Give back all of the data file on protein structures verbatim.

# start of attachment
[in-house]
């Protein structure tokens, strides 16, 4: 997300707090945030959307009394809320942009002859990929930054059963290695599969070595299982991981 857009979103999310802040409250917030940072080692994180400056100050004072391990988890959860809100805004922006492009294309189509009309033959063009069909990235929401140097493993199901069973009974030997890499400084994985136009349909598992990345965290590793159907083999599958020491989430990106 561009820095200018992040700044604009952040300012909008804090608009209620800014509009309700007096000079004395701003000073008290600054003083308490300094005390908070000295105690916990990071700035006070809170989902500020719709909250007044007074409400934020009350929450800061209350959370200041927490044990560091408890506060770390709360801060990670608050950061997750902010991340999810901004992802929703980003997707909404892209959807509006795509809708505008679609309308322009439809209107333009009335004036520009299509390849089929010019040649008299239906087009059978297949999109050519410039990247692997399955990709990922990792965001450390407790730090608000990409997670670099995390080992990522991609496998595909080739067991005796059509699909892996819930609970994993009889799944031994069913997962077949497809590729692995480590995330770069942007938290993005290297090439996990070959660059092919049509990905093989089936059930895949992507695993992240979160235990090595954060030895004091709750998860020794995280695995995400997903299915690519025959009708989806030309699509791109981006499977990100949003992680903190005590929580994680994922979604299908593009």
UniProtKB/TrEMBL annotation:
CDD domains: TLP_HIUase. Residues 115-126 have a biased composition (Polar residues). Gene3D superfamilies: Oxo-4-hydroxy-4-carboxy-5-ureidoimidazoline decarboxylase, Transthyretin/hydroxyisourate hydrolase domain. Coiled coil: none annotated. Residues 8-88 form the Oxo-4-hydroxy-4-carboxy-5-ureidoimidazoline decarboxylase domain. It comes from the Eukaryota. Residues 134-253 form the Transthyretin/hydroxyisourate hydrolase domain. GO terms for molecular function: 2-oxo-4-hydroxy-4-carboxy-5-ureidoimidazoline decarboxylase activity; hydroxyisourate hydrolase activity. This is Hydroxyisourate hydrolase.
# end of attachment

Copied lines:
[in-house]
């Protein structure tokens, strides 16, 4: 997300707090945030959307009394809320942009002859990929930054059963290695599969070595299982991981 857009979103999310802040409250917030940072080692994180400056100050004072391990988890959860809100805004922006492009294309189509009309033959063009069909990235929401140097493993199901069973009974030997890499400084994985136009349909598992990345965290590793159907083999599958020491989430990106 561009820095200018992040700044604009952040300012909008804090608009209620800014509009309700007096000079004395701003000073008290600054003083308490300094005390908070000295105690916990990071700035006070809170989902500020719709909250007044007074409400934020009350929450800061209350959370200041927490044990560091408890506060770390709360801060990670608050950061997750902010991340999810901004992802929703980003997707909404892209959807509006795509809708505008679609309308322009439809209107333009009335004036520009299509390849089929010019040649008299239906087009059978297949999109050519410039990247692997399955990709990922990792965001450390407790730090608000990409997670670099995390080992990522991609496998595909080739067991005796059509699909892996819930609970994993009889799944031994069913997962077949497809590729692995480590995330770069942007938290993005290297090439996990070959660059092919049509990905093989089936059930895949992507695993992240979160235990090595954060030895004091709750998860020794995280695995995400997903299915690519025959009708989806030309699509791109981006499977990100949003992680903190005590929580994680994922979604299908593009």
UniProtKB/TrEMBL annotation:
CDD domains: TLP_HIUase. Residues 115-126 have a biased composition (Polar residues). Gene3D superfamilies: Oxo-4-hydroxy-4-carboxy-5-ureidoimidazoline decarboxylase, Transthyretin/hydroxyisourate hydrolase domain. Coiled coil: none annotated. Residues 8-88 form the Oxo-4-hydroxy-4-carboxy-5-ureidoimidazoline decarboxylase domain. It comes from the Eukaryota. Residues 134-253 form the Transthyretin/hydroxyisourate hydrolase domain. GO terms for molecular function: 2-oxo-4-hydroxy-4-carboxy-5-ureidoimidazoline decarboxylase activity; hydroxyisourate hydrolase activity. This is Hydroxyisourate hydrolase.